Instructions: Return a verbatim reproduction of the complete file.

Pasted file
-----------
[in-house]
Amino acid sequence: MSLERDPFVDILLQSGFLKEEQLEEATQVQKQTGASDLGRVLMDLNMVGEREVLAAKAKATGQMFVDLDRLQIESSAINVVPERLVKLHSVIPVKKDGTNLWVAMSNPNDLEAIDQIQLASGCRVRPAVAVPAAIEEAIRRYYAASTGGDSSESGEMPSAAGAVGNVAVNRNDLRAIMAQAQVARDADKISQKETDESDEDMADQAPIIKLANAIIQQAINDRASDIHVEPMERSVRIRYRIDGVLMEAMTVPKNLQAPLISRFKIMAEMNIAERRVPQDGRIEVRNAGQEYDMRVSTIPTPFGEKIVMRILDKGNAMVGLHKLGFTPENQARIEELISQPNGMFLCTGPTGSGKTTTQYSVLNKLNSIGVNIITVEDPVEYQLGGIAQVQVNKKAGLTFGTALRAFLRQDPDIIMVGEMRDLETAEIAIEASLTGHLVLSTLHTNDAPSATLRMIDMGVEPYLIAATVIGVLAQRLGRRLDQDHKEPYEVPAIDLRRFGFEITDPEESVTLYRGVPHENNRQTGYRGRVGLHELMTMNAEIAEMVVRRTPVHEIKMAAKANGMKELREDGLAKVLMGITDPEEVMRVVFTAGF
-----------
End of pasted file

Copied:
[in-house]
Amino acid sequence: MSLERDPFVDILLQSGFLKEEQLEEATQVQKQTGASDLGRVLMDLNMVGEREVLAAKAKATGQMFVDLDRLQIESSAINVVPERLVKLHSVIPVKKDGTNLWVAMSNPNDLEAIDQIQLASGCRVRPAVAVPAAIEEAIRRYYAASTGGDSSESGEMPSAAGAVGNVAVNRNDLRAIMAQAQVARDADKISQKETDESDEDMADQAPIIKLANAIIQQAINDRASDIHVEPMERSVRIRYRIDGVLMEAMTVPKNLQAPLISRFKIMAEMNIAERRVPQDGRIEVRNAGQEYDMRVSTIPTPFGEKIVMRILDKGNAMVGLHKLGFTPENQARIEELISQPNGMFLCTGPTGSGKTTTQYSVLNKLNSIGVNIITVEDPVEYQLGGIAQVQVNKKAGLTFGTALRAFLRQDPDIIMVGEMRDLETAEIAIEASLTGHLVLSTLHTNDAPSATLRMIDMGVEPYLIAATVIGVLAQRLGRRLDQDHKEPYEVPAIDLRRFGFEITDPEESVTLYRGVPHENNRQTGYRGRVGLHELMTMNAEIAEMVVRRTPVHEIKMAAKANGMKELREDGLAKVLMGITDPEEVMRVVFTAGF